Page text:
As the Crow Flies is a graphic novel about Charlie, a 13-year-old queer Black kid at an all-white, all-girls summer Christian backpacking camp. She’s deconstructing some of the toxic theology she’s been taught (specifically, white evangelicalism), but also holding on to her faith and giving it space to grow.
As soon as the camp leader said there was going to be a “feminist ceremony,” I knew TERF rhetoric wasn’t far behind. Heads up for transphobia, gender essentialism, and racism in this book (none of these things are left unchecked). Charlie makes a new friend at camp who is also troubled by their leader’s racism and TERF ideology, and the two girls become each other’s confidants—and better yet, accomplices.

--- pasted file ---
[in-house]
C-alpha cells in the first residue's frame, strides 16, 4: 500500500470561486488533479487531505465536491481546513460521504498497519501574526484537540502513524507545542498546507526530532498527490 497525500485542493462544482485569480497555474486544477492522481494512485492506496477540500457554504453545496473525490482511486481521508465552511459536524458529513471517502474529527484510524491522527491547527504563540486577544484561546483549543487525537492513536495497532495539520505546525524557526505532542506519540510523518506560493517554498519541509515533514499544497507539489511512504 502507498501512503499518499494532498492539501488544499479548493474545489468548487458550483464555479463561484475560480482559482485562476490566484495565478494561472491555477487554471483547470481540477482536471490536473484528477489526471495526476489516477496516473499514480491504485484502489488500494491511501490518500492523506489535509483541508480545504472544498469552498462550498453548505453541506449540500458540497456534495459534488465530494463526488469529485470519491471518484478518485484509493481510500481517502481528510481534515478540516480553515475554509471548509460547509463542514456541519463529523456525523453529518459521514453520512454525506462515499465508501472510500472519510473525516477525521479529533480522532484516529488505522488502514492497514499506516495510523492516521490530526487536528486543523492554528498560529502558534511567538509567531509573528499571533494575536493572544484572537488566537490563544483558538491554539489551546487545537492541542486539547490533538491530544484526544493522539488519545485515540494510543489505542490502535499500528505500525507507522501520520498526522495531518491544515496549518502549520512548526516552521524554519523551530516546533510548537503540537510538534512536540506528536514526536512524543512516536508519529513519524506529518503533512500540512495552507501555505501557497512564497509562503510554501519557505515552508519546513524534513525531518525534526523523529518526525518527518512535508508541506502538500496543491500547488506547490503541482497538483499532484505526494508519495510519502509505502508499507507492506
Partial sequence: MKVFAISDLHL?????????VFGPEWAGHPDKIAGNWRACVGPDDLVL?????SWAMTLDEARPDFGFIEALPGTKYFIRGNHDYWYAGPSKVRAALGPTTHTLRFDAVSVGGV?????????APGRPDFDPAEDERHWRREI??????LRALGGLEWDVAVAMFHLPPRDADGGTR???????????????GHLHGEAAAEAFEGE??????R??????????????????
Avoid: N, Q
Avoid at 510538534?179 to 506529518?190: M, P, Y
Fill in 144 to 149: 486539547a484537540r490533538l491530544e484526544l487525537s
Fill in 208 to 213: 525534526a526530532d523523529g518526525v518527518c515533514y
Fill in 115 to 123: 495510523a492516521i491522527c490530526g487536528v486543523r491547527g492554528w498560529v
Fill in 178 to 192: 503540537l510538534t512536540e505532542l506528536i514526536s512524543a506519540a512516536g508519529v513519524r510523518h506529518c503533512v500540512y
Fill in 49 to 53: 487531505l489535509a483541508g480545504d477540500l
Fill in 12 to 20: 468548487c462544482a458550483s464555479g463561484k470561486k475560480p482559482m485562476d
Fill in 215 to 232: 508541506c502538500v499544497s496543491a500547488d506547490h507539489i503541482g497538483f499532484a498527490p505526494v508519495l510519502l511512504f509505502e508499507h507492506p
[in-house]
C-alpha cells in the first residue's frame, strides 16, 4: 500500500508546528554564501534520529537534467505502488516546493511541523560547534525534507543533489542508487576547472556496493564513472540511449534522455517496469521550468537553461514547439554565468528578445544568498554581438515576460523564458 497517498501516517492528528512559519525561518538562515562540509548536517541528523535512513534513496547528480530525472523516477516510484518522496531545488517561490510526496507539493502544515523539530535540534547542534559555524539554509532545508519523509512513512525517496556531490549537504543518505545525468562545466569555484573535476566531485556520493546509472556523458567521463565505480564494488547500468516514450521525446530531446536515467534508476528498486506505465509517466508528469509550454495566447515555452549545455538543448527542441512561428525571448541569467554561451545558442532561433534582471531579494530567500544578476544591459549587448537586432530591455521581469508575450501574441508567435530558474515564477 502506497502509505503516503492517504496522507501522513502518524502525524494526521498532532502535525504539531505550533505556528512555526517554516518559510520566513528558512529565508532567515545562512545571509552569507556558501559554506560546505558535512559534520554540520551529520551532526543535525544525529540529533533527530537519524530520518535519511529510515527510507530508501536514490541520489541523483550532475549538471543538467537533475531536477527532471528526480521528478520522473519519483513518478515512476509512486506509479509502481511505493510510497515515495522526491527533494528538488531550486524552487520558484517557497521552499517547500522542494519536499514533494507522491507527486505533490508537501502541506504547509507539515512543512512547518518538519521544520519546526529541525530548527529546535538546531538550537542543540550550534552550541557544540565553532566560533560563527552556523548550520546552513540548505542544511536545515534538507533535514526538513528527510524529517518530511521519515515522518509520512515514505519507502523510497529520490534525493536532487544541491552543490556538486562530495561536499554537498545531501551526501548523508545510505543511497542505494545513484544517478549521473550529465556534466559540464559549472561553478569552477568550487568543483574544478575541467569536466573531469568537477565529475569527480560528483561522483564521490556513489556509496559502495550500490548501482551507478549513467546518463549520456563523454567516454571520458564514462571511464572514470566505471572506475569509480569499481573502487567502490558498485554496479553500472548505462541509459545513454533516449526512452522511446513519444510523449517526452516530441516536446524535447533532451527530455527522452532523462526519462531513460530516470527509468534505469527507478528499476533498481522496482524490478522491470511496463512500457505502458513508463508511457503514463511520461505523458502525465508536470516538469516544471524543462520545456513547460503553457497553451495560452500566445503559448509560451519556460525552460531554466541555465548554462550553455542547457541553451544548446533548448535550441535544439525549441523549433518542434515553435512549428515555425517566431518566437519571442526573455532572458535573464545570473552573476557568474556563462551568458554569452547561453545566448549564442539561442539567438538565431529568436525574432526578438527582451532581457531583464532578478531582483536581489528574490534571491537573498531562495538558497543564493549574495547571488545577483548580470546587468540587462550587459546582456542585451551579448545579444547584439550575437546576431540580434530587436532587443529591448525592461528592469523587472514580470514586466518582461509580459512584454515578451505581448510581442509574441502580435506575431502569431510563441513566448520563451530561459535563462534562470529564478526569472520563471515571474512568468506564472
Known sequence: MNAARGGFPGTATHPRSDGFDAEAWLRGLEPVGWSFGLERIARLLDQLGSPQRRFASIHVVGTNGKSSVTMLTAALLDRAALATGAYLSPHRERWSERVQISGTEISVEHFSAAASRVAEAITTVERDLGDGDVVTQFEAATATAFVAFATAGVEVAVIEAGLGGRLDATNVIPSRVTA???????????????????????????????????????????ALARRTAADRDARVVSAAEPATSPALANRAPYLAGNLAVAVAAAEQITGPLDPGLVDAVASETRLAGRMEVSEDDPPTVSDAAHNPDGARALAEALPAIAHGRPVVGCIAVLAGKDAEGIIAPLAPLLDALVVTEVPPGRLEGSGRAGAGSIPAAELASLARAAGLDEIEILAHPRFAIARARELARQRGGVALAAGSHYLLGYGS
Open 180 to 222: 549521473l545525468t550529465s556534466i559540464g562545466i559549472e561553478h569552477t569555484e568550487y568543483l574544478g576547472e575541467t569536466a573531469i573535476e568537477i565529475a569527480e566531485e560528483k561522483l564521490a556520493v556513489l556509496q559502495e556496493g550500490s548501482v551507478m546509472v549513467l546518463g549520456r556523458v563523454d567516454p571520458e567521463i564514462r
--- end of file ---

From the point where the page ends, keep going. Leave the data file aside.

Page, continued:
The book ends a bit abruptly, which bugged me at first. Then I went back and read the ending again, let it sit with me, and I realized that the final scene is actually very powerful in its subtlety.
I love Melanie Gillman’s artwork, the themes of faith and showing solidarity, and the quiet, gentle spirit of the main character. I’m always ready to enjoy a good coming-of-age story, and As the Crow Flies didn’t disappoint.